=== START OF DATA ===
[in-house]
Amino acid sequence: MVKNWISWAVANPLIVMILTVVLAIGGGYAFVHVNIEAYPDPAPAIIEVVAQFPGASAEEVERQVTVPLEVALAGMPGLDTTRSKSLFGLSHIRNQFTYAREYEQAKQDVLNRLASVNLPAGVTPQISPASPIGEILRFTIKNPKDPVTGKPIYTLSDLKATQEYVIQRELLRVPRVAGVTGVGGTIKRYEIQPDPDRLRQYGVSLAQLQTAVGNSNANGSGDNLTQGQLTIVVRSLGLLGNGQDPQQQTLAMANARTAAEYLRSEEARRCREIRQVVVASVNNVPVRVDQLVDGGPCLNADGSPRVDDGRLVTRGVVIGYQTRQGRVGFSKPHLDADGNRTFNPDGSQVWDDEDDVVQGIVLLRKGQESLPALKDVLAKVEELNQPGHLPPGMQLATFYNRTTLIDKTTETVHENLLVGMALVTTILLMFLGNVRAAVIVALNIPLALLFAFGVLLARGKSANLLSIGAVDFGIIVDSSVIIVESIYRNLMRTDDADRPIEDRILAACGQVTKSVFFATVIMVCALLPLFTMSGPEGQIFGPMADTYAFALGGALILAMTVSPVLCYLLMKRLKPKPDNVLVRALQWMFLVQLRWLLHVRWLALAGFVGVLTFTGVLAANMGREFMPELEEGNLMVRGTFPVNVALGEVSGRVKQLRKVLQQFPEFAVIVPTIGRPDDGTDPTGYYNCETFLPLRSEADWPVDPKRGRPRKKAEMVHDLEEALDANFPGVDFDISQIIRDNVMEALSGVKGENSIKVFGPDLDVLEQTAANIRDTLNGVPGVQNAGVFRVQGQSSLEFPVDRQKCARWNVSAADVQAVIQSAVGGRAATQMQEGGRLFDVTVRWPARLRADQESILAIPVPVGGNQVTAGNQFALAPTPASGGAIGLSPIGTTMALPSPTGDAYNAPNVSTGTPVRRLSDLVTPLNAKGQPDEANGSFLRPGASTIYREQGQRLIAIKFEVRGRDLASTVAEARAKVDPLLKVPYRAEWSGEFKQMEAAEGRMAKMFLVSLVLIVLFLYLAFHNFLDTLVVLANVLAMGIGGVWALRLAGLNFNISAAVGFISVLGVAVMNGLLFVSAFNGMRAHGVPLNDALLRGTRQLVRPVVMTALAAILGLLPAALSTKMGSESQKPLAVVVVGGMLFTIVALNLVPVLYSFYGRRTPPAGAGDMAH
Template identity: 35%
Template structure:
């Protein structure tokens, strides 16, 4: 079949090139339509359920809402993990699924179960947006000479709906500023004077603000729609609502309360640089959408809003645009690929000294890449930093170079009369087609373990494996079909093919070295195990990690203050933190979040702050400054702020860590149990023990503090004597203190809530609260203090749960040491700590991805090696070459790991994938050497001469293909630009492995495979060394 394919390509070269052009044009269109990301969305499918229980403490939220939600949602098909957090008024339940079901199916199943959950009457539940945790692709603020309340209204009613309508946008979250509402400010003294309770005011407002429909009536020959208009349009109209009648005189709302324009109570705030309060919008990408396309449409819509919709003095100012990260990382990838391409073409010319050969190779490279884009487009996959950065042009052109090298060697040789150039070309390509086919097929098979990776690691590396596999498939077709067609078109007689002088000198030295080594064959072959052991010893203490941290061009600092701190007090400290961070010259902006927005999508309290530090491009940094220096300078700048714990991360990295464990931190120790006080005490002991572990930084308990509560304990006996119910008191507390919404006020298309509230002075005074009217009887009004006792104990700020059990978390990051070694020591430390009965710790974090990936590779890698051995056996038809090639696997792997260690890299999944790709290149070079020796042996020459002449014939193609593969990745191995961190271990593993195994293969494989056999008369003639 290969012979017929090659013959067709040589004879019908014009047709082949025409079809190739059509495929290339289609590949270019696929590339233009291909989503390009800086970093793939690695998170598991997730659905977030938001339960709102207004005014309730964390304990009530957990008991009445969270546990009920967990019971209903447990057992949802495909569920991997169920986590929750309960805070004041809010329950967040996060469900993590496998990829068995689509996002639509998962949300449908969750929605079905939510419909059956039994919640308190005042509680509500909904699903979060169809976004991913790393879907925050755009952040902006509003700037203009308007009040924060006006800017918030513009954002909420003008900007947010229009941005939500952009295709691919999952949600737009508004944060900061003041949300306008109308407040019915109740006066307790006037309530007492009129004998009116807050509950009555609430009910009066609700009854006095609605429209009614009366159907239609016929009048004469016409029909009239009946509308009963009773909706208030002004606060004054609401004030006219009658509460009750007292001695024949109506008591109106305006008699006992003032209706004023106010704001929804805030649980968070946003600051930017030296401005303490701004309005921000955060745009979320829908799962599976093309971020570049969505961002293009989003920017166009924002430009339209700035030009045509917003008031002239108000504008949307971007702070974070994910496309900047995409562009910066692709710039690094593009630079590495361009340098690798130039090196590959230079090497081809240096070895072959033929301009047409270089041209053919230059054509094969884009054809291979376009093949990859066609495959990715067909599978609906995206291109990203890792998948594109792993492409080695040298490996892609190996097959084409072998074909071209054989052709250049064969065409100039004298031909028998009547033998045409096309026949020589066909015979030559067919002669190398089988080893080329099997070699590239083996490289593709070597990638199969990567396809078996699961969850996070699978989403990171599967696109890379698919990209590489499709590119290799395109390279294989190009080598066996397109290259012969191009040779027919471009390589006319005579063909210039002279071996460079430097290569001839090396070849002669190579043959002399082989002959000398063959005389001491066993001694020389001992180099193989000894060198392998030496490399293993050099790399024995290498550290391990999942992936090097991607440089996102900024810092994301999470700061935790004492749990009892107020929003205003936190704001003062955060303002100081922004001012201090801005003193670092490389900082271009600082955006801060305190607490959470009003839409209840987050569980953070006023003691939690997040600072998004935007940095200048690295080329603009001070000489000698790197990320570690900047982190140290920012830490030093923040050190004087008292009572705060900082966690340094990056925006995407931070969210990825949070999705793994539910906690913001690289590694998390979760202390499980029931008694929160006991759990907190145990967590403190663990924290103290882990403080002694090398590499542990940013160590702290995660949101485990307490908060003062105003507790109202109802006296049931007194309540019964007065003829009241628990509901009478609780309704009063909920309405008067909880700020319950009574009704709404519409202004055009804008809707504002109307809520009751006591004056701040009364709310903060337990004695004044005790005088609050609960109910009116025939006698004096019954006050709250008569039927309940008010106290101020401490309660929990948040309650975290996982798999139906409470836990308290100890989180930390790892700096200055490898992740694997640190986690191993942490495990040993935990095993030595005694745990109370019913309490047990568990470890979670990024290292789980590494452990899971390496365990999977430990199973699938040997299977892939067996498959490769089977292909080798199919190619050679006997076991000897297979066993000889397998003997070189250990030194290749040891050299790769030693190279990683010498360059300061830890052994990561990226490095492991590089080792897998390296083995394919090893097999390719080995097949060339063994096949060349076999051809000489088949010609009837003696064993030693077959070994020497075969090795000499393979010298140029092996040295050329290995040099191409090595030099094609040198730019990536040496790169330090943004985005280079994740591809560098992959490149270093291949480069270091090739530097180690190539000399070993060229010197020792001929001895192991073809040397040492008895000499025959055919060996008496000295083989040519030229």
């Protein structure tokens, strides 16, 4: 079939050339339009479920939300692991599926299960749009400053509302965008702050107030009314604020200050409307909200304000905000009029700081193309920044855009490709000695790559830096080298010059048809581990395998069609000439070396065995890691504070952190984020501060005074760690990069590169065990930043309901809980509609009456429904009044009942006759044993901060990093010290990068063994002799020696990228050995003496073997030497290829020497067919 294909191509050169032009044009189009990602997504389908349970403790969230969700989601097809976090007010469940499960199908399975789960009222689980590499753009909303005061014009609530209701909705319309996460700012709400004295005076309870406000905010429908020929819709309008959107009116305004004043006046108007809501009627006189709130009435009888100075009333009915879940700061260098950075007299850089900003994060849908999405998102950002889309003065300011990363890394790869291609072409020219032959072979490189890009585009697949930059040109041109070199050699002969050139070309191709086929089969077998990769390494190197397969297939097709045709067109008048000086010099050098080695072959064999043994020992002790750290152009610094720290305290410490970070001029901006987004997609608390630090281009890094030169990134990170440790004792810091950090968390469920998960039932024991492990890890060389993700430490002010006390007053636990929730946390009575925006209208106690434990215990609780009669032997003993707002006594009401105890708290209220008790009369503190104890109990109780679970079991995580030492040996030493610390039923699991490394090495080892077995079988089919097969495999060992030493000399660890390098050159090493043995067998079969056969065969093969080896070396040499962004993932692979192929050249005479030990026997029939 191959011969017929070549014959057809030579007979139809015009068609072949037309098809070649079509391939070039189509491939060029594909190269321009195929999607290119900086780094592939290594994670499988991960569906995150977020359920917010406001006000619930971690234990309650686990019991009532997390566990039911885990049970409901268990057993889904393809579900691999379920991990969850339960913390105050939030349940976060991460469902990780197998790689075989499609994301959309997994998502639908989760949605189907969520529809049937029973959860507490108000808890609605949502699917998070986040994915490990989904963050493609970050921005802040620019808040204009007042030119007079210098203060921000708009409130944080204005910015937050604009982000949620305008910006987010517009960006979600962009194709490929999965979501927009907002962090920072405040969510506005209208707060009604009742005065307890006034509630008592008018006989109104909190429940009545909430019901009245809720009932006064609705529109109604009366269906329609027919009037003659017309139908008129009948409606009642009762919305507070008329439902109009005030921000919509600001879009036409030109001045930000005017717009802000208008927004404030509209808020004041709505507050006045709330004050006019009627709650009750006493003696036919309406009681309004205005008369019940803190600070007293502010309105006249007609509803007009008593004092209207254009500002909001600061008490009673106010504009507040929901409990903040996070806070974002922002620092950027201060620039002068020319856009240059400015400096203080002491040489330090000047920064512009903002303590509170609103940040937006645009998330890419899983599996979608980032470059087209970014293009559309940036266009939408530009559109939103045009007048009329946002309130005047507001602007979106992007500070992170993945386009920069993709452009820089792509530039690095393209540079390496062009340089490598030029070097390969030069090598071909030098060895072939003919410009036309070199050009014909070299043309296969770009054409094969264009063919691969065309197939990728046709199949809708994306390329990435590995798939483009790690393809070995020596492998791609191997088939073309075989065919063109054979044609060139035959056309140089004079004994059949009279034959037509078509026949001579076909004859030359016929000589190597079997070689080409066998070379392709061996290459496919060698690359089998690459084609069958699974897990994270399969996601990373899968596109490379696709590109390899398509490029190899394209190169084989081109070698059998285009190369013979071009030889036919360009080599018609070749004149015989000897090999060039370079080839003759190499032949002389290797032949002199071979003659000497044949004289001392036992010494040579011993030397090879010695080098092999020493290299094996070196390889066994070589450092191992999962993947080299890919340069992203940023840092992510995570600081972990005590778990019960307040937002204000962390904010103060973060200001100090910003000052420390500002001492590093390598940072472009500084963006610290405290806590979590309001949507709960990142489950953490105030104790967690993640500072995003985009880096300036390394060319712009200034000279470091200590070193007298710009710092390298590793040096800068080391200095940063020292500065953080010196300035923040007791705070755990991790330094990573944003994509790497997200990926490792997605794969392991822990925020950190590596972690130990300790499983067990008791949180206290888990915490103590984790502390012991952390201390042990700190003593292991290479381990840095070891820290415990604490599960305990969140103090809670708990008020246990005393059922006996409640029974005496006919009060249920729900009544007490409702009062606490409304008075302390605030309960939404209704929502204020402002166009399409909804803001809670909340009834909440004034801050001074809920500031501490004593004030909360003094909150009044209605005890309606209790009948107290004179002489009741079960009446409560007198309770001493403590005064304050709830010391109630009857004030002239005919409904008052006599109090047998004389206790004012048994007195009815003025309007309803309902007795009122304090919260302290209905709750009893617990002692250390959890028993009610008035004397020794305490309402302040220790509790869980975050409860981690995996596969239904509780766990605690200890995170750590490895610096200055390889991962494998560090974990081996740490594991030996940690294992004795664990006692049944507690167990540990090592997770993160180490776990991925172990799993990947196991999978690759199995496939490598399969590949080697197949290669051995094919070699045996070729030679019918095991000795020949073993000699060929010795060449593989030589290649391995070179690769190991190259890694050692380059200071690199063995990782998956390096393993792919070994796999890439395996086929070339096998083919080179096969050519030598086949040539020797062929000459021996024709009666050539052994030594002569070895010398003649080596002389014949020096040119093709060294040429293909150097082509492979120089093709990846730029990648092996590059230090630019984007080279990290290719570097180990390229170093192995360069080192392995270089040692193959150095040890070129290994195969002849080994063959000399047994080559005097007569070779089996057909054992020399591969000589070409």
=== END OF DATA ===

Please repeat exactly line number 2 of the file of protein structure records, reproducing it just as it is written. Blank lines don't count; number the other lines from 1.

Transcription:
Amino acid sequence: MVKNWISWAVANPLIVMILTVVLAIGGGYAFVHVNIEAYPDPAPAIIEVVAQFPGASAEEVERQVTVPLEVALAGMPGLDTTRSKSLFGLSHIRNQFTYAREYEQAKQDVLNRLASVNLPAGVTPQISPASPIGEILRFTIKNPKDPVTGKPIYTLSDLKATQEYVIQRELLRVPRVAGVTGVGGTIKRYEIQPDPDRLRQYGVSLAQLQTAVGNSNANGSGDNLTQGQLTIVVRSLGLLGNGQDPQQQTLAMANARTAAEYLRSEEARRCREIRQVVVASVNNVPVRVDQLVDGGPCLNADGSPRVDDGRLVTRGVVIGYQTRQGRVGFSKPHLDADGNRTFNPDGSQVWDDEDDVVQGIVLLRKGQESLPALKDVLAKVEELNQPGHLPPGMQLATFYNRTTLIDKTTETVHENLLVGMALVTTILLMFLGNVRAAVIVALNIPLALLFAFGVLLARGKSANLLSIGAVDFGIIVDSSVIIVESIYRNLMRTDDADRPIEDRILAACGQVTKSVFFATVIMVCALLPLFTMSGPEGQIFGPMADTYAFALGGALILAMTVSPVLCYLLMKRLKPKPDNVLVRALQWMFLVQLRWLLHVRWLALAGFVGVLTFTGVLAANMGREFMPELEEGNLMVRGTFPVNVALGEVSGRVKQLRKVLQQFPEFAVIVPTIGRPDDGTDPTGYYNCETFLPLRSEADWPVDPKRGRPRKKAEMVHDLEEALDANFPGVDFDISQIIRDNVMEALSGVKGENSIKVFGPDLDVLEQTAANIRDTLNGVPGVQNAGVFRVQGQSSLEFPVDRQKCARWNVSAADVQAVIQSAVGGRAATQMQEGGRLFDVTVRWPARLRADQESILAIPVPVGGNQVTAGNQFALAPTPASGGAIGLSPIGTTMALPSPTGDAYNAPNVSTGTPVRRLSDLVTPLNAKGQPDEANGSFLRPGASTIYREQGQRLIAIKFEVRGRDLASTVAEARAKVDPLLKVPYRAEWSGEFKQMEAAEGRMAKMFLVSLVLIVLFLYLAFHNFLDTLVVLANVLAMGIGGVWALRLAGLNFNISAAVGFISVLGVAVMNGLLFVSAFNGMRAHGVPLNDALLRGTRQLVRPVVMTALAAILGLLPAALSTKMGSESQKPLAVVVVGGMLFTIVALNLVPVLYSFYGRRTPPAGAGDMAH